Lake Bonham Area, Texas
Bonham, one of the oldest towns in Texas, was settled in 1837 when Bailey Inglish built a two-story log fort, Fort Inglish, about a mile east of the present square. Inglish was joined by John P. Simpson, Mabel Gilbert, and other settlers in the summer of 1837. The community was called Bois D’Arc until 1843 when the name “Bloomington” was first requested in the Texas Congress. The name “Bonham” won over Bloomington in honor of James Butler Bonham, hero of the Alamo. Constantine Lodge No. 13, the fifth oldest Masonic lodge in Texas, was chartered in Bonham on February 2, 1840. Between 1843 and 1845 the county records from Fort Warren and the post office from Fort Inglish were moved to Bonham and the town was incorporated on February 2, 1848.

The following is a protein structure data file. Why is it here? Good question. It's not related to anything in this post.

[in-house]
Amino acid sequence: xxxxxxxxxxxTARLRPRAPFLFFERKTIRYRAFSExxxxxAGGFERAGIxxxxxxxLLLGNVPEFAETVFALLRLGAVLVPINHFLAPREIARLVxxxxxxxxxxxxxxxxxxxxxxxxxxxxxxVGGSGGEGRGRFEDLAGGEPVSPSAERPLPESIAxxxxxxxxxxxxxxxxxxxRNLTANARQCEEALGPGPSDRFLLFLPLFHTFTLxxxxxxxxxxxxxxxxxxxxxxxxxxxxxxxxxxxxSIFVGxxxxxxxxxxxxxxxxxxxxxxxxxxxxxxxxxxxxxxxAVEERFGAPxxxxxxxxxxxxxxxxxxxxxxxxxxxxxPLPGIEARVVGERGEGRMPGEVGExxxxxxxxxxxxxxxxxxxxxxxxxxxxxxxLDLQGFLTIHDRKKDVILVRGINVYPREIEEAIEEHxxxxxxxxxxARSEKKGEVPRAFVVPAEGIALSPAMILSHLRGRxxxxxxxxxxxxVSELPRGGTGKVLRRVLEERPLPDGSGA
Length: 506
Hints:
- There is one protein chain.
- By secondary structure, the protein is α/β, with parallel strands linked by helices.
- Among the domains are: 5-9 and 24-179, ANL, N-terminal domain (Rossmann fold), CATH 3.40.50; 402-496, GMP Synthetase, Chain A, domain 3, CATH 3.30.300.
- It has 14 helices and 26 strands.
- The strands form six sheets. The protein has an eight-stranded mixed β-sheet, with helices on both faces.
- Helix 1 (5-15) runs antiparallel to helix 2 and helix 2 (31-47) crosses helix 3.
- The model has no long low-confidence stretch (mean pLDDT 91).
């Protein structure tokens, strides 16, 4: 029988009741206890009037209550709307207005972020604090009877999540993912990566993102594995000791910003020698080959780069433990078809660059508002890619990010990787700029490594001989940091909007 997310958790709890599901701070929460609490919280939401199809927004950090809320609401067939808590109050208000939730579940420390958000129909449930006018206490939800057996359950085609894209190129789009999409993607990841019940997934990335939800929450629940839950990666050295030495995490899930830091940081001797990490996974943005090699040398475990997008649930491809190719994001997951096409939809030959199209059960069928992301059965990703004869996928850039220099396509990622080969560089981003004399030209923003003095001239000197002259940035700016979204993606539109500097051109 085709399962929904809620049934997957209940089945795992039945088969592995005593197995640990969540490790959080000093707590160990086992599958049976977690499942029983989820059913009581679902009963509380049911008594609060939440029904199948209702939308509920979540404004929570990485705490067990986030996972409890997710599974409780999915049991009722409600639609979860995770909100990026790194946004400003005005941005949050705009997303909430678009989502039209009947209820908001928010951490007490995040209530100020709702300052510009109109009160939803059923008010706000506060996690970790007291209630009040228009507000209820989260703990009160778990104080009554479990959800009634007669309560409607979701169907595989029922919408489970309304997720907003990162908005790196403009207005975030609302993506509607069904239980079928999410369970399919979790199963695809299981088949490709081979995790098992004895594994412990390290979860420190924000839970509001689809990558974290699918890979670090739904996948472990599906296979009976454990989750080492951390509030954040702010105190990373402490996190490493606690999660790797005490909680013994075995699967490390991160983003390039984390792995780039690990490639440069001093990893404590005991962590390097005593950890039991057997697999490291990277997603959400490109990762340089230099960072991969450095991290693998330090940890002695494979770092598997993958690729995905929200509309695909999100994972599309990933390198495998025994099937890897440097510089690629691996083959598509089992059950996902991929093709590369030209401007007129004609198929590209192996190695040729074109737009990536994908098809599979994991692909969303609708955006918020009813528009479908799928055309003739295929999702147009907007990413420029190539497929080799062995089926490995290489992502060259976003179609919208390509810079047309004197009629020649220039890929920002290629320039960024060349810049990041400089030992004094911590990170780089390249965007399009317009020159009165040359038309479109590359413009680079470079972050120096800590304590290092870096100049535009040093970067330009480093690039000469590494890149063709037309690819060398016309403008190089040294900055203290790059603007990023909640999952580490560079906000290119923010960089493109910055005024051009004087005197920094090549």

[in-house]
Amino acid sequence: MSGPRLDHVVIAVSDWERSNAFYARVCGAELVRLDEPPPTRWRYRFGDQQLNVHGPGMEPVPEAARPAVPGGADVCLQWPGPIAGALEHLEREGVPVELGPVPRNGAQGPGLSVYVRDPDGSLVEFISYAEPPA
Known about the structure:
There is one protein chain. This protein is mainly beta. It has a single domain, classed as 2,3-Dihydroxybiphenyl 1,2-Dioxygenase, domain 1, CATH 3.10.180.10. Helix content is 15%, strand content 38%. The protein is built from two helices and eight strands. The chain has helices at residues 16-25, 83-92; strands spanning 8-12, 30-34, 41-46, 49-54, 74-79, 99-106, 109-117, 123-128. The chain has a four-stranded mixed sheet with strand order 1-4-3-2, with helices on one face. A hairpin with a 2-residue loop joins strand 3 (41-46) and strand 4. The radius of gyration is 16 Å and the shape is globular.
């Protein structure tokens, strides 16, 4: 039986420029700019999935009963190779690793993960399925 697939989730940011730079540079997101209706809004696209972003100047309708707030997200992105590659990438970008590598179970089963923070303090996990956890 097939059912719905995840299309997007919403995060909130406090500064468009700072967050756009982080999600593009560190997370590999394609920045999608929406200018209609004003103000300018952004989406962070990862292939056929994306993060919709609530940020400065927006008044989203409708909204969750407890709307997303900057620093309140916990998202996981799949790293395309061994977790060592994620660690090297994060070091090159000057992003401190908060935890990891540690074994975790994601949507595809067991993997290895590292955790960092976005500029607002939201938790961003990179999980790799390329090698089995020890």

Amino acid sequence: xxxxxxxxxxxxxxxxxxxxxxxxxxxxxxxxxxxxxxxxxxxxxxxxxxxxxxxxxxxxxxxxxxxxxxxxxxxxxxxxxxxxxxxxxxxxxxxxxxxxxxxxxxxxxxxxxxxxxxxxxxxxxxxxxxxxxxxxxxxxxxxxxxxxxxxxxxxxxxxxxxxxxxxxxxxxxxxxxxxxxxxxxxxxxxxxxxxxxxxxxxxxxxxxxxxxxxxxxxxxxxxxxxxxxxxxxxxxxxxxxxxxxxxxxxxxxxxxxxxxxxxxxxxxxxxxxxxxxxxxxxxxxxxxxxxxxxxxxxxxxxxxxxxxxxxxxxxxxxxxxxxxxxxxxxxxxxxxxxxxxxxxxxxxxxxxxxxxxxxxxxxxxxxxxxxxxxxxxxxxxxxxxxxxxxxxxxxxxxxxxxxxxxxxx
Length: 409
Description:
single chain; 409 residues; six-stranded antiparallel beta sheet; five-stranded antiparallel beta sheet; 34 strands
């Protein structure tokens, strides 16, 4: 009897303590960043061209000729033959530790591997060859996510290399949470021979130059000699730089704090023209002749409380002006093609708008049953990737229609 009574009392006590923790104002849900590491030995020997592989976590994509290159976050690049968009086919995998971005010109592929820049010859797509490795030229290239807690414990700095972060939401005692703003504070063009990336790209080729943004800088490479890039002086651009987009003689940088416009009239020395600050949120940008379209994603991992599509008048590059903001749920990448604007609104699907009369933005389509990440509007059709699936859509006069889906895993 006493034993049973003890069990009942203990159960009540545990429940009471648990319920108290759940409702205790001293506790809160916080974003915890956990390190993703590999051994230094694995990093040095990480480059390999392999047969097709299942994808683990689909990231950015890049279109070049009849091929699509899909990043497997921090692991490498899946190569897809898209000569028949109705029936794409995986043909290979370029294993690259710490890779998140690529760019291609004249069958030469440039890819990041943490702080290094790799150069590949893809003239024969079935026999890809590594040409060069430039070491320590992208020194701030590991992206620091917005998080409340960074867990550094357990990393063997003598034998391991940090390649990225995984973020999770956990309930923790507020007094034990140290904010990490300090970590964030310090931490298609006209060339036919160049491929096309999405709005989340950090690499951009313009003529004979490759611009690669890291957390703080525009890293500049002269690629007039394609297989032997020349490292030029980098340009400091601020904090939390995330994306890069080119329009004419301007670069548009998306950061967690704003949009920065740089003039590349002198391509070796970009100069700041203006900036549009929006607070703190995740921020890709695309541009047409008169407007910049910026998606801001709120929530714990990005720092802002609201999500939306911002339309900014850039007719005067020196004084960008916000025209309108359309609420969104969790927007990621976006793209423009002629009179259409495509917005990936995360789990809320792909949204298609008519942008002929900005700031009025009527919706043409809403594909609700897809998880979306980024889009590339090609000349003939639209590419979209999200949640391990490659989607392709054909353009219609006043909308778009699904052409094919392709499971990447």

Although no major battles were fought in the area, for the Confederates, Bonham was still an important center for the war effort. Bonham became the headquarters for General Henry McCullough, who was appointed Commander of the Northern Subdistrict of Texas. A Confederate Commissary supplied clothing, blankets, harnesses, saddles, and food rations for the soldiers of at least seven different brigades.